the visible spectrum and a broad range of the infrared. Many spacecraft use
diamond windows for their infrared sensors and its space-rated properties are
well known. On Titan, infrared is probably the preferred range for best
visibility. Diamond has no known chemical reaction with substances in the Titan
Construction of the marker would begin with purchase of
an industrial diamond plate, polished, about one millimeter thick. My
discussions with the leading diamond firm, De Beers, proved this was not a
routine request, but they could make such diamond disks for about $5,000 each.
Since cost scales quickly with size, maximum diameter would be at most a few
Writing a microscopic message into the planes of a
diamond would probably be attractive to the general audience, I thought, much
as the gold-plated Voyager disk proved eye-catching. Indeed, DeBeers seemed
interested in the jewelry angle as a possible new market: wear the Cassini
Medallion! At perhaps $30,000 or more, this would be a very high-end item.
Lomberg, Porco, and I visited JPL and spoke with the
flight engineers and managers, with Porco fielding this proposal in Europe. The
jewel message notion seemed to catch the attention of even skeptical engineers.
We had approval within a month. The European Space Agency also liked the idea
and agreed to carry a diamond disk on the Huygens lander.
Word came to me late in the evening, by telephone from a
jubilant Lomberg. I walked outside and viewed the stars, thinking of the marker
as a sort of memorial for all the scientific community, and indeed, for our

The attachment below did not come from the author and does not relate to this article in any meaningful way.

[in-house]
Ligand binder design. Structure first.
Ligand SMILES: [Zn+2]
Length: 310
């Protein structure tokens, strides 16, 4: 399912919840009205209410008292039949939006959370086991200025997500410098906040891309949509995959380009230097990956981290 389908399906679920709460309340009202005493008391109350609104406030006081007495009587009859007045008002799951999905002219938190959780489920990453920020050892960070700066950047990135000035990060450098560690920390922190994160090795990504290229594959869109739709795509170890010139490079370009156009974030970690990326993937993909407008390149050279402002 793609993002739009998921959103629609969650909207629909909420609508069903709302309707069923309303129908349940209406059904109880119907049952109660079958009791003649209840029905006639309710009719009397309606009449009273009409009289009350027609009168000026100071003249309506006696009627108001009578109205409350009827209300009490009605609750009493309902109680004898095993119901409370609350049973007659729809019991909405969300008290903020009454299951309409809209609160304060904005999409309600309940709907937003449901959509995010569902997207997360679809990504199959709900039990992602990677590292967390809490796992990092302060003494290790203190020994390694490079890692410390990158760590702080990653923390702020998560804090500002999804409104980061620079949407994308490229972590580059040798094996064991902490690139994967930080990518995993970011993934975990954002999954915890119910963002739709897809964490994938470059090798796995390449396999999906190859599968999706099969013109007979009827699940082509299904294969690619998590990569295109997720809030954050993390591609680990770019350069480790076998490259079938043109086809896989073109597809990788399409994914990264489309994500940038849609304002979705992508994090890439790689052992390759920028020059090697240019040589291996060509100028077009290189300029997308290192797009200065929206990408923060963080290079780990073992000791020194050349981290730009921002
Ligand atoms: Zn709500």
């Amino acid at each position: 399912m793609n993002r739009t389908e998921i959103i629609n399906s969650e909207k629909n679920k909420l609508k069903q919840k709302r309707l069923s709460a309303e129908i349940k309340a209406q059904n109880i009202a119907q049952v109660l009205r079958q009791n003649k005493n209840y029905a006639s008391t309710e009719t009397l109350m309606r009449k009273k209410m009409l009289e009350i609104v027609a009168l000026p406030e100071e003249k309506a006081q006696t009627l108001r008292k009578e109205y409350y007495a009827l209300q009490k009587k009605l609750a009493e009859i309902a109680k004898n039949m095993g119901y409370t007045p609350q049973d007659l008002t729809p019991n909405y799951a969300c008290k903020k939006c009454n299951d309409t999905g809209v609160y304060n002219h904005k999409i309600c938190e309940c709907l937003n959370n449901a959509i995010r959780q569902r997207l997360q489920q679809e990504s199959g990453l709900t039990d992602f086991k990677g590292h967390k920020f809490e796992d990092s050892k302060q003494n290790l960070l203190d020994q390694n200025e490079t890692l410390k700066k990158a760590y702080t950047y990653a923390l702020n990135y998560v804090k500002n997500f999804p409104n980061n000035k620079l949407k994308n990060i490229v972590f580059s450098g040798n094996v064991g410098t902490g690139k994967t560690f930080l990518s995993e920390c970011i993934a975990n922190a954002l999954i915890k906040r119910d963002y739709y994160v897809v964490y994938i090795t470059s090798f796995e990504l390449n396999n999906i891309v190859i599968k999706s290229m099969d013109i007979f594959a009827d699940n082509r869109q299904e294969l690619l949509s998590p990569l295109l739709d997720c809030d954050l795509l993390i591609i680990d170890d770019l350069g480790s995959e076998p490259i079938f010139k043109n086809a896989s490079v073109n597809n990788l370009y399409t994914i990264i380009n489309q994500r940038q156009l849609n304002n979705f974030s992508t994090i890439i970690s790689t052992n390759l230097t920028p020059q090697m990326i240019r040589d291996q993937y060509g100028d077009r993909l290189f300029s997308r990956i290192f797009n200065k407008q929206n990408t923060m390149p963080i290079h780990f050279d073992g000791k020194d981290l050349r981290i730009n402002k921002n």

era. The sheer joy of it made it difficult for me to speak. I remembered that
awe is a blending of wonder and fear, and realized whence my fear came. The
time scales of astronomy imply the mortality of those who study it. No less
does designing a message which could not be read until all its designers are
dust. The night sky filled me with a chilly awe in a way it never had before.
I went back inside and set to work. Soon enough,
consultation with DeBeers converged upon a disk 2.8 centimeters across, a
millimeter thick and weighing 4.3 grams. Each spacecraft would carry the same
message. Though we had two years until the diamond disk had to be attached to
the spacecraft and lander, there were myriad engineering and conceptual issues
* * *
We wished to build on the Voyager experience, extending
their thinking. As with Voyager, NASA reserved the right to veto us or even
drop the marker entirely. When Voyager design ideas leaked to the press in
1977, NASA's official posture was that they had made no final decision on the
project at all.
Still, this did not protect from public vitriol the
makeshift team making the Voyager record. Shadowy rumors emerged at the United
Nations, when they tried to get diplomats to record verbal greetings to go on
the record. Some felt Voyager should carry depictions of war, poverty, and